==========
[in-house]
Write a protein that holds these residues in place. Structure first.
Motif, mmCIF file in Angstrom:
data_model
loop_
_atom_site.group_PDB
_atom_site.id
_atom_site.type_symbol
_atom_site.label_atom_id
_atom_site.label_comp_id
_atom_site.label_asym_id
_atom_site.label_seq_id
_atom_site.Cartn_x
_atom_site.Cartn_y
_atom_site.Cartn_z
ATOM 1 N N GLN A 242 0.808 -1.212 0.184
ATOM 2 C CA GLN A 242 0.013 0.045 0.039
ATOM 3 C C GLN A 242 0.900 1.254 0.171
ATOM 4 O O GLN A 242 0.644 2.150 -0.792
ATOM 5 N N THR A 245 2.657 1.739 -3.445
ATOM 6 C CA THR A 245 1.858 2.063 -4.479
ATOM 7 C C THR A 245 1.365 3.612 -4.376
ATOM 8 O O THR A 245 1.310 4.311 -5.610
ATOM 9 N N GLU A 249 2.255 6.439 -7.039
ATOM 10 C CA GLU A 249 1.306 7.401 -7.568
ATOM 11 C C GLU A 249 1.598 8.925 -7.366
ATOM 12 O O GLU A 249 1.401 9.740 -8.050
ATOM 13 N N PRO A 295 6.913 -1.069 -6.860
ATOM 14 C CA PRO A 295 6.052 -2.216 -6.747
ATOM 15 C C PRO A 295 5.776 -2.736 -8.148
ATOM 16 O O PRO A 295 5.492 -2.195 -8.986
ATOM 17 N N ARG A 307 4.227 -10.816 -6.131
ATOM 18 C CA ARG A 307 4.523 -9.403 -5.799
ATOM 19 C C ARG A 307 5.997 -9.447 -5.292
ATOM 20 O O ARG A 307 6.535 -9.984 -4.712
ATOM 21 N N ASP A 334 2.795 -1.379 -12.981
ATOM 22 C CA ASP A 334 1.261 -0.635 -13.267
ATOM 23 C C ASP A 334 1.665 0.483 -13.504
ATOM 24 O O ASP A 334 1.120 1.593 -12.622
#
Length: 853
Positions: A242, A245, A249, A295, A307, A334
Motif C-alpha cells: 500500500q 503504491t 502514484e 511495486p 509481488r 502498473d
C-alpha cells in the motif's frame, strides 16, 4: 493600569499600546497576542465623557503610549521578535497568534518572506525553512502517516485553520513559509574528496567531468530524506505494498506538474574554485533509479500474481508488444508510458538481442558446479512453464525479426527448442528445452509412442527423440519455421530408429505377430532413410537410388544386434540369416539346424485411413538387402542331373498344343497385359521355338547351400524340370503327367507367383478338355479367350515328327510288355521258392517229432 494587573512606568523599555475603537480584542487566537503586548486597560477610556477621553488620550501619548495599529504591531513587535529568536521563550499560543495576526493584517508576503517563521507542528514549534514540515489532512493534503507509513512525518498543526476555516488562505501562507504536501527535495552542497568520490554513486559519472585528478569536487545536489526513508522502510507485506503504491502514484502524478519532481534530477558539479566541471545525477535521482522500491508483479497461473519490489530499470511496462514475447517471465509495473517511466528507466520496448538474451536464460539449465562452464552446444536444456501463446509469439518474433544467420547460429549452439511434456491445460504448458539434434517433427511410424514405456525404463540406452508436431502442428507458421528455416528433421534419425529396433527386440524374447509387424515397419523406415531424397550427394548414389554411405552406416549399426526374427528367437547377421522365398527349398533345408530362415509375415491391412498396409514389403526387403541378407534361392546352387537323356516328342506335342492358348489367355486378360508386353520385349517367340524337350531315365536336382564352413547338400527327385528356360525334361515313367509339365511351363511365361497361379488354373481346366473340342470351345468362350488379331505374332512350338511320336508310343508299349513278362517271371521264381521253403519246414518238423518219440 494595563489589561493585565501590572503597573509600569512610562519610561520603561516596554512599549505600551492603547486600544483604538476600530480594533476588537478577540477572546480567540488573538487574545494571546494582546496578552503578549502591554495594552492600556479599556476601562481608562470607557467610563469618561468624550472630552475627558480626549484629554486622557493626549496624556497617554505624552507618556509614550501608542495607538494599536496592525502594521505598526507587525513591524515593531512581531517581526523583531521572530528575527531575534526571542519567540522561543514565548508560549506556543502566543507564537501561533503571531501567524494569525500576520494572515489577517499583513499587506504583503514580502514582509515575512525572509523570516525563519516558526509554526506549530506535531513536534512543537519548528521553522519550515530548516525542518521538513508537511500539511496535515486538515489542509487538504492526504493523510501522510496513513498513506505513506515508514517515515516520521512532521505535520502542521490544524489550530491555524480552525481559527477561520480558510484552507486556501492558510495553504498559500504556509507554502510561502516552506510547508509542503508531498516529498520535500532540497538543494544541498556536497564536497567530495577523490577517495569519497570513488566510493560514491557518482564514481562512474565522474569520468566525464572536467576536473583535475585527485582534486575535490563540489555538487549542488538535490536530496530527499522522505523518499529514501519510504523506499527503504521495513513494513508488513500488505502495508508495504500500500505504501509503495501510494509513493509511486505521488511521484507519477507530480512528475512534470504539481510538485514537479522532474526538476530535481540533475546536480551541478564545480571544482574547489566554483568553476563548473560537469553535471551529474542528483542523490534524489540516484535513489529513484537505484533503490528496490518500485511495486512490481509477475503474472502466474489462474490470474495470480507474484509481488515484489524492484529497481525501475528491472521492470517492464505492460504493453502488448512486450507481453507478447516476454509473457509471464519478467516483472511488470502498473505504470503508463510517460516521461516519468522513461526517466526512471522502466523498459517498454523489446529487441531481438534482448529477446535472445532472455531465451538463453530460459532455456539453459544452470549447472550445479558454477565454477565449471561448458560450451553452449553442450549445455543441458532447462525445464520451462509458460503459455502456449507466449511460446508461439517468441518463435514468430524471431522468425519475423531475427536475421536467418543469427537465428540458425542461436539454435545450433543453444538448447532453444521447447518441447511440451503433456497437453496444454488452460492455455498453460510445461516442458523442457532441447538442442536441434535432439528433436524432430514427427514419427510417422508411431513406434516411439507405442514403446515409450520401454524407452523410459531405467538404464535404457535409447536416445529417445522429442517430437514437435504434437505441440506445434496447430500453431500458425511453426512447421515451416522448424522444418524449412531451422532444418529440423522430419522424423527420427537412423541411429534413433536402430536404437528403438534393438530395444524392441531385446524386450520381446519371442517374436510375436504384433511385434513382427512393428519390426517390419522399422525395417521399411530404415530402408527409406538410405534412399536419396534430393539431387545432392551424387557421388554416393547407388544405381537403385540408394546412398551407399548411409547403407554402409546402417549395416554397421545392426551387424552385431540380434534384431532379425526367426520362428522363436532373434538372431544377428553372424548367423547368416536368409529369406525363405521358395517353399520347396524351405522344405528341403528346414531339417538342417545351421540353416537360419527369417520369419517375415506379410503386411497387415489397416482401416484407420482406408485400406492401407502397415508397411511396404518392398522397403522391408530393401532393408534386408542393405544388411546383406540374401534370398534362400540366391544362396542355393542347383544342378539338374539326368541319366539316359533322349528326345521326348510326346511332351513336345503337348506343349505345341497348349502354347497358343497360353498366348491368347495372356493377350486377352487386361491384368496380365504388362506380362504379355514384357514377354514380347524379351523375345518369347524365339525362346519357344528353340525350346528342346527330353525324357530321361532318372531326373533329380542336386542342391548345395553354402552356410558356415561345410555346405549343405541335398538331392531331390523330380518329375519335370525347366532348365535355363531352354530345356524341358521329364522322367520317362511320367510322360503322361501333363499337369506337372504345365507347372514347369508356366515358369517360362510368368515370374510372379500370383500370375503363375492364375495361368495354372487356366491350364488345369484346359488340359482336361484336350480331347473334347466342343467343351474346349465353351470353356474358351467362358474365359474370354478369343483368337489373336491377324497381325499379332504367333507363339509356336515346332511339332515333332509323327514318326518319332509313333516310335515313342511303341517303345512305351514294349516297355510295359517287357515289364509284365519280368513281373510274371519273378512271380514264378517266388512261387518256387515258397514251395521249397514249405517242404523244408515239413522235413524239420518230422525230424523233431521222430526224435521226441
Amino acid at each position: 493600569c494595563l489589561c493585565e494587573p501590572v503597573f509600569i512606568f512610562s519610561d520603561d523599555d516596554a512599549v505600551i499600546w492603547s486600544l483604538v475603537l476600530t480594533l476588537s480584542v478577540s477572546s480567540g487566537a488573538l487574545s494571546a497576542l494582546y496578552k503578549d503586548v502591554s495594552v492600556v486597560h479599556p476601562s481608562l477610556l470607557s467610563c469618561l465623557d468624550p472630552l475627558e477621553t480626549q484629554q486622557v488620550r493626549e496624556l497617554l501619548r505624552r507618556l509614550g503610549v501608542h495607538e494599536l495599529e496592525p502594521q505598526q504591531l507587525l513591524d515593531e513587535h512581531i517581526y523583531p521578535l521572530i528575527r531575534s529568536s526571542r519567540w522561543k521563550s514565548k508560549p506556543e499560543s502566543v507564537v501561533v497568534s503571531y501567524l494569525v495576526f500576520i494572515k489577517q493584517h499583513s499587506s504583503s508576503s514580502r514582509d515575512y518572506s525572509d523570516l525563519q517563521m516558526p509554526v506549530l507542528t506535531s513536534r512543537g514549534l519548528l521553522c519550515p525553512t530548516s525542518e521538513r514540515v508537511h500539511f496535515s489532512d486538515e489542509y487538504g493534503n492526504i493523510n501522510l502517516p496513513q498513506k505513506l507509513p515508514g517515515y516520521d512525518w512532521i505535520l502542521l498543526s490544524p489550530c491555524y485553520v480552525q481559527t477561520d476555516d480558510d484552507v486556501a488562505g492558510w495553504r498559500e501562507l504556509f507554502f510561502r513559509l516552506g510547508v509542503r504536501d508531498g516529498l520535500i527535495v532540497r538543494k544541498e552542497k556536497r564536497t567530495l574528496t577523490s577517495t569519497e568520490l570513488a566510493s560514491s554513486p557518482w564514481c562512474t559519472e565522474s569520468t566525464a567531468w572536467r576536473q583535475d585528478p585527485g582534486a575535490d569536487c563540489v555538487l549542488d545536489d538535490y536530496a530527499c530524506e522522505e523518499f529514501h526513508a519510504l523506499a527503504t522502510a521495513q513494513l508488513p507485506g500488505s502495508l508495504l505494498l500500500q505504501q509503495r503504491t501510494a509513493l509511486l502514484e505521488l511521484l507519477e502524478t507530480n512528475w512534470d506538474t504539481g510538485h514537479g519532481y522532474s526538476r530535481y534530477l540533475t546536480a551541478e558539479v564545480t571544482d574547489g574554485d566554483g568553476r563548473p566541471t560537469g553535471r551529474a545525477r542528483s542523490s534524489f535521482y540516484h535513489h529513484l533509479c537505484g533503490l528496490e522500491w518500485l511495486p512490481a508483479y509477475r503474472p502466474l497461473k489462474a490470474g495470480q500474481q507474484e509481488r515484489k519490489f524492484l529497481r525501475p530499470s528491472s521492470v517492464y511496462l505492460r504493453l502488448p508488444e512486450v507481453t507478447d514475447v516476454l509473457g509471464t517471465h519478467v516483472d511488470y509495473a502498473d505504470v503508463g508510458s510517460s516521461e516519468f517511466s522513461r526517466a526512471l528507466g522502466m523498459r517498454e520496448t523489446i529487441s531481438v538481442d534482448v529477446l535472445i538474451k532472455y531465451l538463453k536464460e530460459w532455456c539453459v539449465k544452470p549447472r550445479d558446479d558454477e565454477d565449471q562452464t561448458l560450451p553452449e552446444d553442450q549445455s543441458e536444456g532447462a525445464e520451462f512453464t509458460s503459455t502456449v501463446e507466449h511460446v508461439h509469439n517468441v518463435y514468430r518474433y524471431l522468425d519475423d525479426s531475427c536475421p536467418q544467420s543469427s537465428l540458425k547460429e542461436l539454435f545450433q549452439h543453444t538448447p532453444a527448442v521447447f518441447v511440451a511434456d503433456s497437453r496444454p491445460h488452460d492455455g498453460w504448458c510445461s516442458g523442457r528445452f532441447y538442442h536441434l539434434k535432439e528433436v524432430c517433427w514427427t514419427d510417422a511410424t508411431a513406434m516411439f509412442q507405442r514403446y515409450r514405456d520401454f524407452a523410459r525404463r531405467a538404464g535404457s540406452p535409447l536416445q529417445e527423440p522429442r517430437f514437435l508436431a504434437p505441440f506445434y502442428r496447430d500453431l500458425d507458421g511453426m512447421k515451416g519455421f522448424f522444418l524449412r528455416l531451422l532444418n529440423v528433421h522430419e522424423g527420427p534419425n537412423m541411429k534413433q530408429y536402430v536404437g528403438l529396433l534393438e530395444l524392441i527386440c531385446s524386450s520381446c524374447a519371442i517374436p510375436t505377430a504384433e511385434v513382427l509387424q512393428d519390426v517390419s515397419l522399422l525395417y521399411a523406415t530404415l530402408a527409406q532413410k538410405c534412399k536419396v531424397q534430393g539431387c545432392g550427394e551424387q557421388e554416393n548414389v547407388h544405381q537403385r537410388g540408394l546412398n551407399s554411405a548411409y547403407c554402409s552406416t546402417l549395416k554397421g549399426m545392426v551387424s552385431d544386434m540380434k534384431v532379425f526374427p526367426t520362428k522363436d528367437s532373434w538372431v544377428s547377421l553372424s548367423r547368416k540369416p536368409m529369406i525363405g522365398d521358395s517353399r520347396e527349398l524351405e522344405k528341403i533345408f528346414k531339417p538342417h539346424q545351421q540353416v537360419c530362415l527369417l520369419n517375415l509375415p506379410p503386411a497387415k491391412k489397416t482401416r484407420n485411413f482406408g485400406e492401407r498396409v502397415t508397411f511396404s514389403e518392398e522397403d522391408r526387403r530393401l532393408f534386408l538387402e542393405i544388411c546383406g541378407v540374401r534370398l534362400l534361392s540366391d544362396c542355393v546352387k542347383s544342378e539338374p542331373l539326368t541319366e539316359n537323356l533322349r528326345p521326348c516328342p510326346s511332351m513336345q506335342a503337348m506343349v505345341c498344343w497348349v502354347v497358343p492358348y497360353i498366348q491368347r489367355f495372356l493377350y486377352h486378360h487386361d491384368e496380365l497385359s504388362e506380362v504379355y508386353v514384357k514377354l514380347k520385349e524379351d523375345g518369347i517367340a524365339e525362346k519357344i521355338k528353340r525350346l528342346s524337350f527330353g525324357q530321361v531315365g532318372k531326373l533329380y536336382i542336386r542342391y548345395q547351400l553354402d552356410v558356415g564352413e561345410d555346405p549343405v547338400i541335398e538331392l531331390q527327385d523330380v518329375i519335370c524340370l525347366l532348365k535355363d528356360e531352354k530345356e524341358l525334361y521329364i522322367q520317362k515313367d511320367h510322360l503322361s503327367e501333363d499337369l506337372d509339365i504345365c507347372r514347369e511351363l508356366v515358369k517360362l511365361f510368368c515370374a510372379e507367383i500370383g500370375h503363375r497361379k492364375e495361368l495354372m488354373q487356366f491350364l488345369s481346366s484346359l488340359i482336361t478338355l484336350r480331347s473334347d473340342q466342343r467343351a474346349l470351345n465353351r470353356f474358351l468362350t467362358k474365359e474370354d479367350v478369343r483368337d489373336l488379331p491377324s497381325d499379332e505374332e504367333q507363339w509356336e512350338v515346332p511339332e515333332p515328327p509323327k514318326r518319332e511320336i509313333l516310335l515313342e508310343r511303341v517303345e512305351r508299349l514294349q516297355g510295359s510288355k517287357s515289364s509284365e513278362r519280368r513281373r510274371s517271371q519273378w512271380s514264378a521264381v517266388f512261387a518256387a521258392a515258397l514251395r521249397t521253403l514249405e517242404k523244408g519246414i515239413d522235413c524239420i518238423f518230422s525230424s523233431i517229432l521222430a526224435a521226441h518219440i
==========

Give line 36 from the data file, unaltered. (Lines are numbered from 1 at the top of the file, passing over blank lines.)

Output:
ATOM 21 N N ASP A 334 2.795 -1.379 -12.981